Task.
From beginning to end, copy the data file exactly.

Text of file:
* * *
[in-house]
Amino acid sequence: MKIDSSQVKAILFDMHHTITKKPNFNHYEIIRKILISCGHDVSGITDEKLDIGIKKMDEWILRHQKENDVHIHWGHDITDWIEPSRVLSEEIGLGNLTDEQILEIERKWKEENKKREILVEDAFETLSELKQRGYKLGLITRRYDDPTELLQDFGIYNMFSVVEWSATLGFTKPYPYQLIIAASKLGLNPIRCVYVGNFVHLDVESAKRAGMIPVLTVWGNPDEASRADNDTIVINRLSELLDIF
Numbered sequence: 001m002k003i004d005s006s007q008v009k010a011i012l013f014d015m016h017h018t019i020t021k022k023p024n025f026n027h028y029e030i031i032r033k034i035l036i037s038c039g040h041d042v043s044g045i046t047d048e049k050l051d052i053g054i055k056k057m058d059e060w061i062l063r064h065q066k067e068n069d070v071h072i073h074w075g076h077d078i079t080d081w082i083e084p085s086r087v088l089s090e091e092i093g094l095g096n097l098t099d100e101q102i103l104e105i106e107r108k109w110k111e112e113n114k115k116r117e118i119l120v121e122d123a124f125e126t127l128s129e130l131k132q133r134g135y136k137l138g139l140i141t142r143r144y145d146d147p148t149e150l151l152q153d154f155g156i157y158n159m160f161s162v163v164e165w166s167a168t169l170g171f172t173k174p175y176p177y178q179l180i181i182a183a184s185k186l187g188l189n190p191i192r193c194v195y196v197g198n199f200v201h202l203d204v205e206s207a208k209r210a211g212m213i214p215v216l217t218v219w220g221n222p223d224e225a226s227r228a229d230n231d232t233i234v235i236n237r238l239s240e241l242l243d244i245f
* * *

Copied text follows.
[in-house]
Amino acid sequence: MKIDSSQVKAILFDMHHTITKKPNFNHYEIIRKILISCGHDVSGITDEKLDIGIKKMDEWILRHQKENDVHIHWGHDITDWIEPSRVLSEEIGLGNLTDEQILEIERKWKEENKKREILVEDAFETLSELKQRGYKLGLITRRYDDPTELLQDFGIYNMFSVVEWSATLGFTKPYPYQLIIAASKLGLNPIRCVYVGNFVHLDVESAKRAGMIPVLTVWGNPDEASRADNDTIVINRLSELLDIF
Numbered sequence: 001m002k003i004d005s006s007q008v009k010a011i012l013f014d015m016h017h018t019i020t021k022k023p024n025f026n027h028y029e030i031i032r033k034i035l036i037s038c039g040h041d042v043s044g045i046t047d048e049k050l051d052i053g054i055k056k057m058d059e060w061i062l063r064h065q066k067e068n069d070v071h072i073h074w075g076h077d078i079t080d081w082i083e084p085s086r087v088l089s090e091e092i093g094l095g096n097l098t099d100e101q102i103l104e105i106e107r108k109w110k111e112e113n114k115k116r117e118i119l120v121e122d123a124f125e126t127l128s129e130l131k132q133r134g135y136k137l138g139l140i141t142r143r144y145d146d147p148t149e150l151l152q153d154f155g156i157y158n159m160f161s162v163v164e165w166s167a168t169l170g171f172t173k174p175y176p177y178q179l180i181i182a183a184s185k186l187g188l189n190p191i192r193c194v195y196v197g198n199f200v201h202l203d204v205e206s207a208k209r210a211g212m213i214p215v216l217t218v219w220g221n222p223d224e225a226s227r228a229d230n231d232t233i234v235i236n237r238l239s240e241l242l243d244i245f